There is one thing that many people know about me, and that is that when I am not busily researching family trees and helping patrons here at the New England Historic Genealogical Society’s research center, the odds are pretty good that I am off somewhere watching hockey or studying its history. In fact, I just returned from a trip to Montréal to see the Montréal Canadiens beat the Boston Bruins. Had I known then of the exhibit currently on display at the Library and Archives Canada in Ottawa, I might have headed west, once I crossed the border, instead of going on to Montréal. However, it wasn’t until I had returned and was finalizing some pieces for a webinar that I saw the item on the website of the Library and Archives Canada (LAC).
From now until 22 January 2016, the Library and Archives Canada has an interesting exhibition that shows how the First World War affected hockey players – both men and women – at their repository at 395 Wellington Street in Ottawa. The exhibit includes a variety of items including reproductions of photos, posters, and documents from the collections of LAC, as well as those found in the Hockey Hall of Fame. The curators have also digitized some copies of Canadian Expeditionary Force files and included the attestation papers of more than 25 Hockey Hall of Fame inductees.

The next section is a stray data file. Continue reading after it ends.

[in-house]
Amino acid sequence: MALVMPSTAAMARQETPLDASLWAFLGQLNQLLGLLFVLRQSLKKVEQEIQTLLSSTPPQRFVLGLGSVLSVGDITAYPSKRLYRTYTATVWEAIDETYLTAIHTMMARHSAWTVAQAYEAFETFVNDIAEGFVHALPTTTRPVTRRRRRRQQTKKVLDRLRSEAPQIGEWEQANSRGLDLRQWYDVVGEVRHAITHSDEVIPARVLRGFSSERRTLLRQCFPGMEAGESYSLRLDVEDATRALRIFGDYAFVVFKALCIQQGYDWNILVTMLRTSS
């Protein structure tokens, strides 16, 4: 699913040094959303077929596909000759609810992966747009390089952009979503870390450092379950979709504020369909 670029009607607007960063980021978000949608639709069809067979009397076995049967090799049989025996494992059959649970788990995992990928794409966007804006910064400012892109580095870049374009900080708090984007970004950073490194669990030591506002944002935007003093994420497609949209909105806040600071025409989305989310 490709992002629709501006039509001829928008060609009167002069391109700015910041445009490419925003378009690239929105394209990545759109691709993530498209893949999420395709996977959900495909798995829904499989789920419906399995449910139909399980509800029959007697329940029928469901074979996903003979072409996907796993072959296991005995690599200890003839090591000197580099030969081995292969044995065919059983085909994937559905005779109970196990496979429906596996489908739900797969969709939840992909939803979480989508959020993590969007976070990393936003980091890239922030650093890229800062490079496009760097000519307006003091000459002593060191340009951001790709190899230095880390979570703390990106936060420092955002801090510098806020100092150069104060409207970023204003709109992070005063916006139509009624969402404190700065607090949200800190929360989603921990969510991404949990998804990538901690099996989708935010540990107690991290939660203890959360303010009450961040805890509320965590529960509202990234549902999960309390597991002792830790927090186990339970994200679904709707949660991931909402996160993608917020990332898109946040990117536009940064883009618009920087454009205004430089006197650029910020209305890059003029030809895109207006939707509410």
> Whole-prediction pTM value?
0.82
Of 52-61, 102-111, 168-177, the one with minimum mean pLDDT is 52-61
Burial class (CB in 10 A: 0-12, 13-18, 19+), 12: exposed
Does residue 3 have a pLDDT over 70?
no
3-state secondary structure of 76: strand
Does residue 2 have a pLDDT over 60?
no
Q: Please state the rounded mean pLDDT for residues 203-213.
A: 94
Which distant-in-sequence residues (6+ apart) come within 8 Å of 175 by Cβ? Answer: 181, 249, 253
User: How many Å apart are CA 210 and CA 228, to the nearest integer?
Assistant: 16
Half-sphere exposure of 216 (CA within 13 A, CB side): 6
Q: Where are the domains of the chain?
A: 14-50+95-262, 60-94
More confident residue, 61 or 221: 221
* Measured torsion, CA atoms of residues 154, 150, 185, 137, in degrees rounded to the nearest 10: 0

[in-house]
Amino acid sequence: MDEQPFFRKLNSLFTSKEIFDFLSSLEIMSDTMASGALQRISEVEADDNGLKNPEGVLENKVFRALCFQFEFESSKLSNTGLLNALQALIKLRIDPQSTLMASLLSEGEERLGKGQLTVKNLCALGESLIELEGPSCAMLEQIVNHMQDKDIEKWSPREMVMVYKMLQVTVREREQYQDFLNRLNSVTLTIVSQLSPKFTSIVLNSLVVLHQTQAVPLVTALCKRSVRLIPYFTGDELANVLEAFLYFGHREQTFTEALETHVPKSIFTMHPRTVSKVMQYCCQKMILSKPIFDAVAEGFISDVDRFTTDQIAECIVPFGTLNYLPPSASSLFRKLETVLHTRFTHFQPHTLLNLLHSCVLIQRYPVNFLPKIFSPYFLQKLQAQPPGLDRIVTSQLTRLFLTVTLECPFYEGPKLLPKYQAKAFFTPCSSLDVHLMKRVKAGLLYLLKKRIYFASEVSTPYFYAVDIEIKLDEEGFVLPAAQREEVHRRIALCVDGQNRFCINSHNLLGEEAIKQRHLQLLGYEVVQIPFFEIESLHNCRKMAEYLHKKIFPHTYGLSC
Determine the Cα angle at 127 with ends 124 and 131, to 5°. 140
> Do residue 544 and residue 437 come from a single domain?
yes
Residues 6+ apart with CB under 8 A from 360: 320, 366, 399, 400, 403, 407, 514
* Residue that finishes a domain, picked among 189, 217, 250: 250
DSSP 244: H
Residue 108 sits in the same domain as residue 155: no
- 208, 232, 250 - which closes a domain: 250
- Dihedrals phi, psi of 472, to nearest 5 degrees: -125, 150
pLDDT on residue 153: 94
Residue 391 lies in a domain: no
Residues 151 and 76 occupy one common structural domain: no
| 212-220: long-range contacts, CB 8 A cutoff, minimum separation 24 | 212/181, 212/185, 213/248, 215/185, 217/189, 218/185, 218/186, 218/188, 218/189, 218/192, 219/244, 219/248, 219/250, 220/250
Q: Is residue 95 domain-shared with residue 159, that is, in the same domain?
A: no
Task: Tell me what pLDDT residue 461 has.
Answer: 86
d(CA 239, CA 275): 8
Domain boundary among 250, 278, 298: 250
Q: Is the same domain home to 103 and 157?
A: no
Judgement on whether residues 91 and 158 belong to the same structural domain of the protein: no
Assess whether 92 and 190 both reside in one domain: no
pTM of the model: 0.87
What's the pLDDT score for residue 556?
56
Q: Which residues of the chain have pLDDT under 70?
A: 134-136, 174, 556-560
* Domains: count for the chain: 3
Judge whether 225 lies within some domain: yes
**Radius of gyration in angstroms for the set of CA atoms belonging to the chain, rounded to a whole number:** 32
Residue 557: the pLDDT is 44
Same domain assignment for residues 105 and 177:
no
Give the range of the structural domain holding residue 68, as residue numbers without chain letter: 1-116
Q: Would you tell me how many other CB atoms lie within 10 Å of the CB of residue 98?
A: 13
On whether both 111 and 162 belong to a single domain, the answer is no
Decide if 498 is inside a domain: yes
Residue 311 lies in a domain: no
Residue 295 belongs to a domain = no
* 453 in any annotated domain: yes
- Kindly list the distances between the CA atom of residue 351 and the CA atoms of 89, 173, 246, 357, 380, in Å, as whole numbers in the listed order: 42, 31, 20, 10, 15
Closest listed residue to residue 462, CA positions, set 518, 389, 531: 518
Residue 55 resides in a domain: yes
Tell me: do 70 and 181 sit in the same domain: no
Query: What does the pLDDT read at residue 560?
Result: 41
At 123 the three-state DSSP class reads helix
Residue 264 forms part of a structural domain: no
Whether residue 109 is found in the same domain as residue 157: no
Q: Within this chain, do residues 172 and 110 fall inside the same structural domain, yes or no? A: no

To those who are familiar with the current 30-team National Hockey League, some of the teams mentioned may not be recognizable. In fact, the National Hockey League was founded in 1917 and by then Canada had been involved in the “war to end all wars” for three years; by the time it was over, in 1918, 60,000 brave Canadians would have perished.
The LAC site displays photographs of teams that existed in and around the time of the First World War, including the Ottawa Senators (nope – not the team that plays presently) and the Winnipeg Falcons. Perhaps the most touching photo is that of the Champion Hockey Team, made up of Canadians interned in Switzerland in 1917. Of course, as with most hockey players, it certainly didn’t stop them from playing their sport.
Because of this item on the LAC site, I found myself quickly seeking out information about Canada’s time line in the Great War, which led me to the Historica Canada web site. This site has an informative timeline of how Canada responded to the threats of World War I, including purchasing submarines, establishing internment camps for “enemy aliens,” and sending 31,000 troops in 31 ocean liners from Québec City to England on 3 October 1914.
While I will probably be unable to visit the exhibit, just seeing the banner on LAC’s web site pushed me to check into some history and gave me a couple of additional web sites to add to my list of “go to” places when it comes to Canadian research. After all, history and genealogy do go hand-in-hand and when I can get some hockey in there, then I feel like I have won the trifecta!
For those who are more interested in the Canadian Expeditionary Force files and the digitization of those files, be sure to visit LAC’s page: Soldiers of the First World War, 1914-1918.